Sleep paralysis: Cross cultural interpretations of the Old Hag Syndrome

Carol RoachStarred Page By Carol Roach, 6th Sep 2015 | Follow this author | RSS Feed
Posted in Wikinut>Health>Mind & Spirit>Sleep

Conditions that affect sleep, our health, and mental health include such topics as sleep paralysis.


Sleep paralysis, or dream paralysis, is one of the most frightening experiences in the realm of sleep disorders that a person can have. In this article we will discuss how sleep paralysis is seen throughout the world. For a discussion on nightmares and night terrors click here.

Origin and Folklore centering around sleep paralysis

It ancient times until recently sleep paralysis or dream paralysis was known as “the old hag syndrome.” It got its name from a superstition or fear that an old hag, or witch, was sitting on the person’s chest making him/her unable to move or to breath while he/she was in bed and between sleep and wakefulness.

The legends may date back as far as in the incubus and succubus in the paranormal world. At that time people believed it was the devil sitting on the victim’s chest. Then there are other theories that the origin of old hag syndrome is Icelandic or Scandinavian and that old hag is the Goddess Mara.

Old hag syndrome is called “witch riding on your back” in African culture

It is known "pee umm" and "khmout sukkhot" in the Laotian, Thai, and Cambodian culture. Here dream paralysis is described as a ghostly figured holding a person down, but it is not possession by spirits which is referred to as "pee khao" and "khmout jool."

Folklore centering around sleep paralysis

Folklore centering around sleep paralysis

In the Hmong culture (people living in Southeast Asia, Laos, Viet Nam, Thailand, and Burma) it is known as "dab tsog" or "crushing demon."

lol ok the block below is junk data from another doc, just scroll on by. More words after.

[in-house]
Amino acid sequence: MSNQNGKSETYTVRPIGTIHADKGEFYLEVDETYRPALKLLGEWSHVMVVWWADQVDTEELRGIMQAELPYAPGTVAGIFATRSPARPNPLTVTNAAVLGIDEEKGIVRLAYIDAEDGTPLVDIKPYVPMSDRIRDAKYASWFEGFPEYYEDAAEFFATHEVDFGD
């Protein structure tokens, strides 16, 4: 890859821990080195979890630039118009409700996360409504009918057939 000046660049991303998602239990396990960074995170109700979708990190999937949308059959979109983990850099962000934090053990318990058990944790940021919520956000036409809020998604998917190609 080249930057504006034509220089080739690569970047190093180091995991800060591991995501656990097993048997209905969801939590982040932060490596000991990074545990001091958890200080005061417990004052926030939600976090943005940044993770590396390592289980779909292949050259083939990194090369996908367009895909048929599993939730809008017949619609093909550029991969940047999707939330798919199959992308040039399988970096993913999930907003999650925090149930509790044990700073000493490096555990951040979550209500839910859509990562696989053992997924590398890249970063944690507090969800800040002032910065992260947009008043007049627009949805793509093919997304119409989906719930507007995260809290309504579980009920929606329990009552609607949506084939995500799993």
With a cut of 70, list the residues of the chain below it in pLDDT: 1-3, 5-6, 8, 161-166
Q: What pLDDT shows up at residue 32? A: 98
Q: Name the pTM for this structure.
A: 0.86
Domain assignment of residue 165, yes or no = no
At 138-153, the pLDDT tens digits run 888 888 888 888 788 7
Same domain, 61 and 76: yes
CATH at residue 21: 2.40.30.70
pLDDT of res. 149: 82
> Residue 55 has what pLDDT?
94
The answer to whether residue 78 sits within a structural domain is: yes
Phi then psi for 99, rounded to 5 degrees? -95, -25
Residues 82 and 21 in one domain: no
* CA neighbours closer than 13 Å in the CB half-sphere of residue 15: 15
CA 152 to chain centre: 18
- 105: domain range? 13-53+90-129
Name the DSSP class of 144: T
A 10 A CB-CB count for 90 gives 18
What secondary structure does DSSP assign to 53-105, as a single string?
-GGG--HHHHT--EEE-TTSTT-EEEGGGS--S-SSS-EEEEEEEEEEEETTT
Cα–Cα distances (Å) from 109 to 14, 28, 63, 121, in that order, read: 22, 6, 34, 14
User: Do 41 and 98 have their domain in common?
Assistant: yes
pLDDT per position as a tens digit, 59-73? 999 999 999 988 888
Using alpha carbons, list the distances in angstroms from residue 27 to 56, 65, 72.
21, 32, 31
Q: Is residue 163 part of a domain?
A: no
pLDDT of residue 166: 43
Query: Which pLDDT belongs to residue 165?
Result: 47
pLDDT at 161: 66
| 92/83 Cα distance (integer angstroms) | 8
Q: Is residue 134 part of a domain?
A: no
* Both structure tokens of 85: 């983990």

In Vietnamese culture it is known as "ma dè", meaning "held down by a ghost" or "bóng dè", meaning "held down by a shadow". Many people in this culture believe that a ghost has entered one’s body, causing the paralyzed state."

The Japanese call it kanashibari, meaning bound or fastened in metal.

The Maltese call it attack of the haddiela which are paranormal creatures likened to poltergeists. The Maltese will ward off these haddiela by hiding a knife under their pillow.

In the Kurdish culture dream paralysis is known as mottaka. This ghost appears if the person has done a bed deed of some sort.

The karabasan are creatures that attack the victim and robbed them of their breath, in the Turkish culture.

"se me subió el muerto", are the dead, in Mexican culture, who sit on the chest of the dreamer.

A slightly different version is the "Suk Ninmyo" from New Guinea where the trees attack humans to sap them of their essence while they sleep.

Whatever the origin of old hag syndrome and thus dream paralysis, this experience is truly frightening and the person experiencing old hag syndrome or sleep paralysis truly is unable to move, lying frozen in the bed, while all kinds of creepy things are going on in the room, or so they perceive.

Sleep Paralysis: Symptoms, Causes and Treatment for Dream Paralysis

Prevalence of sleep paralysis

It is estimated that as much as 80 percent of people may experience this horrifying nightmare at least once in their lifetime.

The symptoms of sleep paralysis are: